This is a gripping narrative by Wufei Yu and Will Ford. In the genre of Into Thin Air and Snowfall, the writers take us into the psyches of runners as they begin what would become a deadly race in China’s Yellow River Stone Forest. Part of what makes this so compelling is the reporting for point of view: “Yan’s cheeks were becoming numb. She was ascending to the third checkpoint and rain lashed the trail, buffeted by gusts of wind. The rock trail was slick as ice, and led perilously close to sheer cliff edges.” —Erika Hayasaki (Oct. 17)
Several people messaged me that I needed to include this piece in The Sunday Long Read. But I’d already chosen it. This is a critical piece by Diana Moskowitz about Courtney Smith and the way her abuser and ex-husband, Ohio State assistant coach Zach Smith—as well as the institution of Ohio State football—was protected at her expense. I hope Urban Meyer reads this and sits with it for a long while. —Dave Zirin (Sept. 19)
One of the pandemic’s many side effects: white-collar flight, and demographic agita resulting from geographic rearrangement. Rachel Levin welcomes us to the “shit show” of Lake Tahoe, which is now a “Zoom town” for monied Bayfolk looking for… more space? More nature? An escape from themselves? Problem is they don’t know how to shovel snow. An amusing, dishy dispatch. —Dan Zak (April 18)
Five, sometimes ten times a day, a shrieking scam/robo call—Your car warranty has expired! Your credit card was shut down! The Social Security Administration has canceled your social security card!—manages to bypass the filters switched on my iPhone. Yudhijit Bhattacharjee answers every question you may have pondered about the who/what/why of this daily aggravation in your pocket. (Jan. 31)
Any story, particularly one written by Gideon Lewis-Kraus, that has a sentence like this—“The government may not have been in regular touch with exotic civilizations, but it had been keeping something from its citizens”—is worth the read. (May 2)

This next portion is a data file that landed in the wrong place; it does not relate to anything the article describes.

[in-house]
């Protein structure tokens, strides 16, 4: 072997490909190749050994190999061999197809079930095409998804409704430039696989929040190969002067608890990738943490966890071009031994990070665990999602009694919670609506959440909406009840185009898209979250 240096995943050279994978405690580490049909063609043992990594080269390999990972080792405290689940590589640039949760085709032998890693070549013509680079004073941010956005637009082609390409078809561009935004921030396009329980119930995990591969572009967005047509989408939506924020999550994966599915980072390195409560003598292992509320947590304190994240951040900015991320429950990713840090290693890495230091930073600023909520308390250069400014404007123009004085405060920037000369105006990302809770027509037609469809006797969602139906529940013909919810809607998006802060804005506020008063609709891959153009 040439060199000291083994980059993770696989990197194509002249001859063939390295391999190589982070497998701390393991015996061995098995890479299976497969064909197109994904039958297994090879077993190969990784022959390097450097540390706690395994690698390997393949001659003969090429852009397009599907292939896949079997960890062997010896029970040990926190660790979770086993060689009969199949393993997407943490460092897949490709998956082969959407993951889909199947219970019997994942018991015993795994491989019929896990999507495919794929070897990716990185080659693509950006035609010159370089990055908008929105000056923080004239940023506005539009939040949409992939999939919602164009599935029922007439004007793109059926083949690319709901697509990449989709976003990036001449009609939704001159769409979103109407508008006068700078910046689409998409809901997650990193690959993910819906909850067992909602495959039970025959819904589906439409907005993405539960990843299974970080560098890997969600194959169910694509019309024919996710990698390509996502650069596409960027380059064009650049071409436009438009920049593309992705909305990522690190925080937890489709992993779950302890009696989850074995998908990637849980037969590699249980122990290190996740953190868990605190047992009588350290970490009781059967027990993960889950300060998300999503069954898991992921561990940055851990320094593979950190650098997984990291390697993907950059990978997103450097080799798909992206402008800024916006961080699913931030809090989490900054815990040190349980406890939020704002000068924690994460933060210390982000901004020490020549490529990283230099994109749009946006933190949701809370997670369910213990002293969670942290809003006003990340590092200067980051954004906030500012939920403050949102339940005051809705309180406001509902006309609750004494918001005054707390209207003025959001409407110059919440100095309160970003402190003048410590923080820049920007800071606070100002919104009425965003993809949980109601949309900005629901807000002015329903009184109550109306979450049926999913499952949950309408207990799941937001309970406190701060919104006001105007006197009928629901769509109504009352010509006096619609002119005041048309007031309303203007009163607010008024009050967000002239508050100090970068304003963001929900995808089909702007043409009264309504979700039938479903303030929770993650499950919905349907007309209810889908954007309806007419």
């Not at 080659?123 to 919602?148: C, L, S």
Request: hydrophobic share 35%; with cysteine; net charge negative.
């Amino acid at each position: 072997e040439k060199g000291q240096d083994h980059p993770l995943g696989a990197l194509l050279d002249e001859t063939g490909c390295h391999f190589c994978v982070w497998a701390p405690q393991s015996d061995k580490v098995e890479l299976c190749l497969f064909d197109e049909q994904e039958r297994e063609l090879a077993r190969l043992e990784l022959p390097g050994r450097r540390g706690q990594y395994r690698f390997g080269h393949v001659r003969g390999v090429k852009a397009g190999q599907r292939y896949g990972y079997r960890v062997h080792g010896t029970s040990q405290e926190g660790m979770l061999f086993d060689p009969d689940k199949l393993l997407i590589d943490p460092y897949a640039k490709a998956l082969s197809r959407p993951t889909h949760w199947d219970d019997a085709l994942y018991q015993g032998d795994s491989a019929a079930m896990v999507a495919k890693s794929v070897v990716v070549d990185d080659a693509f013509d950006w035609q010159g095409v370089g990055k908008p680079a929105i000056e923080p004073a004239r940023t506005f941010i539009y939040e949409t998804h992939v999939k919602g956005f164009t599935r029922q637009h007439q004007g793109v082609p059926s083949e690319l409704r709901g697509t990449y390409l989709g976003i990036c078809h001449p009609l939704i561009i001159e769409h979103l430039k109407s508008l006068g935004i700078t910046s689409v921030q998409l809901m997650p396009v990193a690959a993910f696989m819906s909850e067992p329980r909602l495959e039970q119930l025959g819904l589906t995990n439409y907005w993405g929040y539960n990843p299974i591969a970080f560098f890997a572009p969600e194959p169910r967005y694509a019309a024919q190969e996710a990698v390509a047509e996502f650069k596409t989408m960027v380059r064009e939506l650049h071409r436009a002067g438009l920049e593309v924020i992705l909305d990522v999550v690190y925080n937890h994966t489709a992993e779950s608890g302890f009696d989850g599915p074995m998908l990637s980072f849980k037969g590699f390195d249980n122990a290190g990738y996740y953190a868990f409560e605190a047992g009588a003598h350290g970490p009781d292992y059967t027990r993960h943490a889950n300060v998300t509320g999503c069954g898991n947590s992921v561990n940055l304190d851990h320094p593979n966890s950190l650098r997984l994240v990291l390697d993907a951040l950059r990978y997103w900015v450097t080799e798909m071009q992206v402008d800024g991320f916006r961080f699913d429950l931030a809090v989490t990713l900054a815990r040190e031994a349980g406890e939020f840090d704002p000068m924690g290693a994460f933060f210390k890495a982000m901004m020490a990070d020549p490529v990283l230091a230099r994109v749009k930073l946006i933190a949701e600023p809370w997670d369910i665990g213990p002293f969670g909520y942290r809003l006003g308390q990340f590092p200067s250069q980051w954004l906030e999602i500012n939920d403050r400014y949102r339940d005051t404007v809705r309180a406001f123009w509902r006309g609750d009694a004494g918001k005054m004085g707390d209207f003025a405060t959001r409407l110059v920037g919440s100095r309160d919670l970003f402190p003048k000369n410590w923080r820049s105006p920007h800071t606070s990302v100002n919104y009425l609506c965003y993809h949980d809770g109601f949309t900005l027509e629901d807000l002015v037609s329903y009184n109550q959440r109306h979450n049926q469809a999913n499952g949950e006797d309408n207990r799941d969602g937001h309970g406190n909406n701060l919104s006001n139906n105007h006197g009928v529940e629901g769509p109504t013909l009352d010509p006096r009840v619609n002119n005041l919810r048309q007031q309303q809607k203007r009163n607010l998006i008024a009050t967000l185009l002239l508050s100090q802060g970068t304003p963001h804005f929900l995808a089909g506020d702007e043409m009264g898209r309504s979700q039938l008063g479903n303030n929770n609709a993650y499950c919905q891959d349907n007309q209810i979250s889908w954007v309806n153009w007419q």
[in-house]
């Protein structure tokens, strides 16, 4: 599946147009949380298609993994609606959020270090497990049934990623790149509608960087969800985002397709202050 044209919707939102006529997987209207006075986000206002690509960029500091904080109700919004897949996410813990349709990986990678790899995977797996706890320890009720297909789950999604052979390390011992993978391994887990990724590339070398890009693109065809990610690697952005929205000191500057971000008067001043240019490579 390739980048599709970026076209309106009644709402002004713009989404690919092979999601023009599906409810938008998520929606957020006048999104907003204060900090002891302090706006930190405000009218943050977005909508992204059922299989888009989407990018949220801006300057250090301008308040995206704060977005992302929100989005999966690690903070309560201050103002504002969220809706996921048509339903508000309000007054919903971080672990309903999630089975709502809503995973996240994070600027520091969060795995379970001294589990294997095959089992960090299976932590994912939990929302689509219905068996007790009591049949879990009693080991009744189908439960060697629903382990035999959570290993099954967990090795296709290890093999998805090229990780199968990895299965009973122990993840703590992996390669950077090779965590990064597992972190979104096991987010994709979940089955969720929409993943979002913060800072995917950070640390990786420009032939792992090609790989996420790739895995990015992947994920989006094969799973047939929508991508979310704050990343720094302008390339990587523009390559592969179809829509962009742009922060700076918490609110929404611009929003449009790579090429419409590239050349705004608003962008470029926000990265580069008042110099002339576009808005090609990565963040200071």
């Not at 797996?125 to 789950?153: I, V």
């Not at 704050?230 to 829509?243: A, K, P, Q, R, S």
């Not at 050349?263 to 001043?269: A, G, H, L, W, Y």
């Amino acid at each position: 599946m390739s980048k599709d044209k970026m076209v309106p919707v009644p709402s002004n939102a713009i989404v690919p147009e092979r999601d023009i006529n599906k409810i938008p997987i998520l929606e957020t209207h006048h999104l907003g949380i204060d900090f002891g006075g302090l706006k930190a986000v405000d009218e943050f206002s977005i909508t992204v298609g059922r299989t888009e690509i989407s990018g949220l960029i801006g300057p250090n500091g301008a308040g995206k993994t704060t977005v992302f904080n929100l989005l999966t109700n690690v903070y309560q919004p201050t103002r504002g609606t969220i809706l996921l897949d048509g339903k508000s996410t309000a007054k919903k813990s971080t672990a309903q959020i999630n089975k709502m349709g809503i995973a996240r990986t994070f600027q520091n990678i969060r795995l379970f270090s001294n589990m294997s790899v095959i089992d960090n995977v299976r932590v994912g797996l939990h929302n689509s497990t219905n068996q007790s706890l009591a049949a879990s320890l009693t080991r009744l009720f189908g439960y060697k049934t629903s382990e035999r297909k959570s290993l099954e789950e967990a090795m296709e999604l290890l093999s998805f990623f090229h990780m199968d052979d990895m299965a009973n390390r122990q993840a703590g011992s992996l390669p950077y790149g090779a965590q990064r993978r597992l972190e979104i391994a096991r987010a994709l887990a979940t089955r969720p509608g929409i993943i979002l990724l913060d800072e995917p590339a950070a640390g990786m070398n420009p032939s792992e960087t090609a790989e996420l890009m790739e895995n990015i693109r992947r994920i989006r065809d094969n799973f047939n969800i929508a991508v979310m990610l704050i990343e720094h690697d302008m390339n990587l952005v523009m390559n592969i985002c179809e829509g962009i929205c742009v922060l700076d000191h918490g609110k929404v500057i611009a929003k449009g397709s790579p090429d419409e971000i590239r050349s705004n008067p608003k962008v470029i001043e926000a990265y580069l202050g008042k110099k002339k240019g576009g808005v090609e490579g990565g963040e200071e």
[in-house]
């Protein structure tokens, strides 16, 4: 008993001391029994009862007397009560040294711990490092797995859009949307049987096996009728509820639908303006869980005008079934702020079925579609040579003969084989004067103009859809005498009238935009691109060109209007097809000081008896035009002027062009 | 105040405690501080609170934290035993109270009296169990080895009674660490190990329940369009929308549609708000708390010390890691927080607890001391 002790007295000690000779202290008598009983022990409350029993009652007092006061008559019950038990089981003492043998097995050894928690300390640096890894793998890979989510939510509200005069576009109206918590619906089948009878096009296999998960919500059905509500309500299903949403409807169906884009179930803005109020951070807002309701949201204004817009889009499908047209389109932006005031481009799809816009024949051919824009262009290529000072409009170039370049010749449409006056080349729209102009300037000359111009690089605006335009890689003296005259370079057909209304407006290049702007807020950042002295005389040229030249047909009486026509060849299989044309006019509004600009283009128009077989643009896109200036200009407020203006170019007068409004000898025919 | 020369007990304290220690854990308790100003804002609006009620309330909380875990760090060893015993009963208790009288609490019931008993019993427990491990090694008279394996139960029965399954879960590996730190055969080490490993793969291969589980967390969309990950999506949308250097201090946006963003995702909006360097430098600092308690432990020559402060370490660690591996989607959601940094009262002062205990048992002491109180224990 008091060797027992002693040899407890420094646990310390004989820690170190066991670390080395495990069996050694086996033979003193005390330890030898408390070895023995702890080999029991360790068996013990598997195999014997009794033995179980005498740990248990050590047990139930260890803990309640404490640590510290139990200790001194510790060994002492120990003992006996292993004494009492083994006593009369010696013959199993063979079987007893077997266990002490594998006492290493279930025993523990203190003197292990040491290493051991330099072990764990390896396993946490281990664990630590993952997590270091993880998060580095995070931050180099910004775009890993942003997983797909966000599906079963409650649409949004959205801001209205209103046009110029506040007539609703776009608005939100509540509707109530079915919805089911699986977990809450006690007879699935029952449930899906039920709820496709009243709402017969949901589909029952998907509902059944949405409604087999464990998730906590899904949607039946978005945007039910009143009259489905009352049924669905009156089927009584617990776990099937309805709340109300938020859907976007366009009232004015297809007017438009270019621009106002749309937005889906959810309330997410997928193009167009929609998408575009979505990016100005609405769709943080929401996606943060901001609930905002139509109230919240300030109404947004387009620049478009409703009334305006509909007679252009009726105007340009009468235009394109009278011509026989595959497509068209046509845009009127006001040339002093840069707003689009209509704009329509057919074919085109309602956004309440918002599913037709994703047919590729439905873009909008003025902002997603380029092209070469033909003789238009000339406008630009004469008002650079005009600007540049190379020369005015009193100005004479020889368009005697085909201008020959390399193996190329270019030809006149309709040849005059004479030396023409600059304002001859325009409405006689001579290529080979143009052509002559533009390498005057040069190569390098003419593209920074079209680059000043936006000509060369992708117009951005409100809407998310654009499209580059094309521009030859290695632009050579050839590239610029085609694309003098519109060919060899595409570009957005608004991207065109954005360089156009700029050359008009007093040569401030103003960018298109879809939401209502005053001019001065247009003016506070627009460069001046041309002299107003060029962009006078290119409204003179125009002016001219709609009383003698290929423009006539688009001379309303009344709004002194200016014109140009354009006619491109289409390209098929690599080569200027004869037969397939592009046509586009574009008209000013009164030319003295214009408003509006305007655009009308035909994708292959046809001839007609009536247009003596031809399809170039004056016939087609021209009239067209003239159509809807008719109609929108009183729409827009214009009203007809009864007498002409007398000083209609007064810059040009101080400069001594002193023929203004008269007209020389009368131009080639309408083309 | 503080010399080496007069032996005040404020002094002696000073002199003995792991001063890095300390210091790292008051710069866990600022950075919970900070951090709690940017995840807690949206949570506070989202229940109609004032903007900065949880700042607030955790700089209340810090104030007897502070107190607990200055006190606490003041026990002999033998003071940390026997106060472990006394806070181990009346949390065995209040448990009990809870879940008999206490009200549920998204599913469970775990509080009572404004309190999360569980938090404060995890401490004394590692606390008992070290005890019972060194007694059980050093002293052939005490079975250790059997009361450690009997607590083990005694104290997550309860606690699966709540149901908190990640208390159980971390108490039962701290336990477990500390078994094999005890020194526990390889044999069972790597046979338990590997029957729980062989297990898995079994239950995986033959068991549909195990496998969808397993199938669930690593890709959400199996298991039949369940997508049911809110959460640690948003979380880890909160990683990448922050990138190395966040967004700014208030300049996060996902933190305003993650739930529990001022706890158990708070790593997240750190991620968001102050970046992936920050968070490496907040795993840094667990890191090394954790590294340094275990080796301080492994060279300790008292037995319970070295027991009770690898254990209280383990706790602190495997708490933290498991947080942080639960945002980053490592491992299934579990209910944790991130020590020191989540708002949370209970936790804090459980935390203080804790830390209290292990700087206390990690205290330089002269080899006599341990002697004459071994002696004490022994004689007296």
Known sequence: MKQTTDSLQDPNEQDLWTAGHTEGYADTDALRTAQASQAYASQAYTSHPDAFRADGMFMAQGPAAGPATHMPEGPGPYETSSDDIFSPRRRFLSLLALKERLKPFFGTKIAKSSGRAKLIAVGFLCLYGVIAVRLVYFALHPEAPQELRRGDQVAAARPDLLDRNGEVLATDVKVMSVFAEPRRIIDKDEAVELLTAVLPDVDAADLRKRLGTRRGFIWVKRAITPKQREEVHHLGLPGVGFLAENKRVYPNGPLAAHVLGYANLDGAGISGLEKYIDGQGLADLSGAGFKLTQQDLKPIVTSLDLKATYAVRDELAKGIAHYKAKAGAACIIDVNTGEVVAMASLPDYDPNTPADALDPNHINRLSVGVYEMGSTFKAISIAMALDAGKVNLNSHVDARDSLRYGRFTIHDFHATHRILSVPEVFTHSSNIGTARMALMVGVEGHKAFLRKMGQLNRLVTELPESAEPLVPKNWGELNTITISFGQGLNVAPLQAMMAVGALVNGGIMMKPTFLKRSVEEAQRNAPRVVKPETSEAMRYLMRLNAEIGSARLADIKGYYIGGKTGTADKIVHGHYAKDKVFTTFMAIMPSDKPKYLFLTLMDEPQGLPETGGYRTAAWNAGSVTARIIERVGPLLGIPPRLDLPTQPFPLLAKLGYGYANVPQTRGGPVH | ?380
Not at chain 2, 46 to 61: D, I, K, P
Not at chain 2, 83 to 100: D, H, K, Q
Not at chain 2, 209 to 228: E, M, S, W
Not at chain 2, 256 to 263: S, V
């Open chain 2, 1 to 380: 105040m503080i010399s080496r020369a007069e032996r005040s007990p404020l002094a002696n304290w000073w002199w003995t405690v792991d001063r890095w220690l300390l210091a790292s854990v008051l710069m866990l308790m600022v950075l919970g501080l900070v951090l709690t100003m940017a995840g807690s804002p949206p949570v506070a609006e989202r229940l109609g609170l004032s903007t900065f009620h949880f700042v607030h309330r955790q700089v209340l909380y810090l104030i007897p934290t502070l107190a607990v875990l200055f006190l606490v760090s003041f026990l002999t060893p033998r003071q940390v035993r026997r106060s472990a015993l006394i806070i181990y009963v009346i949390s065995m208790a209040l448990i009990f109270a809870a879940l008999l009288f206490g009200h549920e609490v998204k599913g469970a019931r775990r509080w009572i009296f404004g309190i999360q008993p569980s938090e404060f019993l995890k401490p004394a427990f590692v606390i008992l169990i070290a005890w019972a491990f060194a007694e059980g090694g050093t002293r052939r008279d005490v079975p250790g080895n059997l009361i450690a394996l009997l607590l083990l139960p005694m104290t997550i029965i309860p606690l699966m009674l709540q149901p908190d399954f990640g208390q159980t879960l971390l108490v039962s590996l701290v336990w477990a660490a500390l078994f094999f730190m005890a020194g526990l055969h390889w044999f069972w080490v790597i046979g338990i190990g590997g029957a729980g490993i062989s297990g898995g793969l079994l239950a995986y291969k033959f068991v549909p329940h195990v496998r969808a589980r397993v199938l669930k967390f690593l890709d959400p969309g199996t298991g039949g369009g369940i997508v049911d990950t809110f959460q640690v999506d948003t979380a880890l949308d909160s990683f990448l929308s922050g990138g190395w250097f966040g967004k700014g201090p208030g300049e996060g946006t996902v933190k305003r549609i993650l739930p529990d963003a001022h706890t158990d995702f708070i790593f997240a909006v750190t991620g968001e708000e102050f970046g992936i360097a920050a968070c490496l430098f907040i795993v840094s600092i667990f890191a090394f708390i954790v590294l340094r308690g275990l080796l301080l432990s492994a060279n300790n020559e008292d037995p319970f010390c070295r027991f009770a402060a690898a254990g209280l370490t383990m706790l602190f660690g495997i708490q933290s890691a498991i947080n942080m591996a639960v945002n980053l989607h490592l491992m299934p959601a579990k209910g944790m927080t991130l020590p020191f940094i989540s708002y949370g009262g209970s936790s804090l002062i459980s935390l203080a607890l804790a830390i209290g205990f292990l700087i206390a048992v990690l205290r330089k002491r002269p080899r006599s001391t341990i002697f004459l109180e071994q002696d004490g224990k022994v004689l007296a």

“Everyone in his life was a mark, with something in his or her heart that made him or her vulnerable to his con. Maybe it wasn’t larceny or greed. Maybe it was the desire to love and be loved. And maybe the only way he could show love was through a con.”
James Dolan’s search for his father’s true character is a wild ride, flush with punch-in-the-gut drama and gritty details. Doc Dolan was a mob hitman, connected in vague ways to the JFK assassination and less vague ways to some of Benny Binion’s nastier unfinished business. James Dolan’s decades-long quest to discover the origin of the con that his father pulled on him when he was a little boy will keep you marveling at the poignancy of this remarkable story that was a lifetime-in-the-making.
Read everything by Caitlin Flanagan. Always. Told through the prism of cancer (a few celebrities' and her own), Flanagan explains why she loves Farrah Fawcett but loathes Sheryl Crow. This piece is remarkable—and don’t miss the sublime kicker. (Nov. 7)
A slap upside the head. I needed it. Maybe you need it. We whine about getting back to normal, as if normal ever worked for many of our fellow citizens. In a bracing sermon about distance and disease and moments and movements, Breai Mason-Campbell diagnoses the singular opportunity before us and the ghastly price of not taking it. Pipe Wrench is a new magazine. Long may she wave. —Dan Zak (Apr. 18)
This year our SLR Originals program reached new heights, under the careful eye of Originals Editor Peter Bailey-Wells and the generous support of Ruth Ann Harnisch, Jeff Maysh and, of course, our ever-growing group of members.
If you would like to write for us, please pitch us anytime—yes, we pay!—at email@example.com.
We look forward to bringing you even more original work from our contributing writers and some new voices in 2022.
Leah Vann takes a look at what has—and hasn’t—changed in Odessa, Texas, in the three decades since Buzz Bissinger chronicled the racism and suffocating sports culture of this West Texas city in his bestselling book “Friday Night Lights.” (Feb. 21)